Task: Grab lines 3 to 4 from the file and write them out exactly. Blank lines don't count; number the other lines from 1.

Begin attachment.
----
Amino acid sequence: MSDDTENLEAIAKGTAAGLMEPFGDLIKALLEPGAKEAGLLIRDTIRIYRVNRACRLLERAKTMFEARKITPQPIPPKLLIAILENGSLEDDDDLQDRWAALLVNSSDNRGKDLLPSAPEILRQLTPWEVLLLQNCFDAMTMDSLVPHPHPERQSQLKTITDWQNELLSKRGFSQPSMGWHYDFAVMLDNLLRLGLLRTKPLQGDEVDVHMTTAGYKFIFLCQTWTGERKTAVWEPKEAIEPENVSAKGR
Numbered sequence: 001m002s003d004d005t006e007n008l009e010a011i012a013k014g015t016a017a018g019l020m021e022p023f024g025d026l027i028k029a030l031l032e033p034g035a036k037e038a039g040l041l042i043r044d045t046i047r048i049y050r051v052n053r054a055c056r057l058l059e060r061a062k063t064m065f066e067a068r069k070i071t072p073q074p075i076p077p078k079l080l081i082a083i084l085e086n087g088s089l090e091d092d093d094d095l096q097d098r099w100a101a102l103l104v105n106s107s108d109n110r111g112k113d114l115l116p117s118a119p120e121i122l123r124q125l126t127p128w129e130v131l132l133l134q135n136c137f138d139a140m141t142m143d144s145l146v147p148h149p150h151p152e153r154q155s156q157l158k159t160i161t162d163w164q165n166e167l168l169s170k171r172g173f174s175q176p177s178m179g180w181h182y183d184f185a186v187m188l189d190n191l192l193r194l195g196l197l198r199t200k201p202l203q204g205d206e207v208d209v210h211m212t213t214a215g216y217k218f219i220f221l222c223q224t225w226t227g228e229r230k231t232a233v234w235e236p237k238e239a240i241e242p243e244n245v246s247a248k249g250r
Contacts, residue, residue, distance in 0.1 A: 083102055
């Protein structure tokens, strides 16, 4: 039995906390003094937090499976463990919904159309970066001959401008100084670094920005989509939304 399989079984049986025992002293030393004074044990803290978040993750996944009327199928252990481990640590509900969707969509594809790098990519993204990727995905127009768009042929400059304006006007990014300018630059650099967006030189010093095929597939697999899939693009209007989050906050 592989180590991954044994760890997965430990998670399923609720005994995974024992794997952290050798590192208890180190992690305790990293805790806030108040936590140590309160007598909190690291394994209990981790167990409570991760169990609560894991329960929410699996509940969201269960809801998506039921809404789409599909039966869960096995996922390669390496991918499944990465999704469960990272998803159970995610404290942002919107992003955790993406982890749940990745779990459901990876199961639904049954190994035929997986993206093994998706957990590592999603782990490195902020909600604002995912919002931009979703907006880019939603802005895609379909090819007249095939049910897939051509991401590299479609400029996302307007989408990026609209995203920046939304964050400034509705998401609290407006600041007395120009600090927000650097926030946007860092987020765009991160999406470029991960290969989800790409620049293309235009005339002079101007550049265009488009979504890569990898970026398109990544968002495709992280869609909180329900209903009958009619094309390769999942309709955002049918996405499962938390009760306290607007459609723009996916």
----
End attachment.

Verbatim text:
Contacts, residue, residue, distance in 0.1 A: 083102055
């Protein structure tokens, strides 16, 4: 039995906390003094937090499976463990919904159309970066001959401008100084670094920005989509939304 399989079984049986025992002293030393004074044990803290978040993750996944009327199928252990481990640590509900969707969509594809790098990519993204990727995905127009768009042929400059304006006007990014300018630059650099967006030189010093095929597939697999899939693009209007989050906050 592989180590991954044994760890997965430990998670399923609720005994995974024992794997952290050798590192208890180190992690305790990293805790806030108040936590140590309160007598909190690291394994209990981790167990409570991760169990609560894991329960929410699996509940969201269960809801998506039921809404789409599909039966869960096995996922390669390496991918499944990465999704469960990272998803159970995610404290942002919107992003955790993406982890749940990745779990459901990876199961639904049954190994035929997986993206093994998706957990590592999603782990490195902020909600604002995912919002931009979703907006880019939603802005895609379909090819007249095939049910897939051509991401590299479609400029996302307007989408990026609209995203920046939304964050400034509705998401609290407006600041007395120009600090927000650097926030946007860092987020765009991160999406470029991960290969989800790409620049293309235009005339002079101007550049265009488009979504890569990898970026398109990544968002495709992280869609909180329900209903009958009619094309390769999942309709955002049918996405499962938390009760306290607007459609723009996916």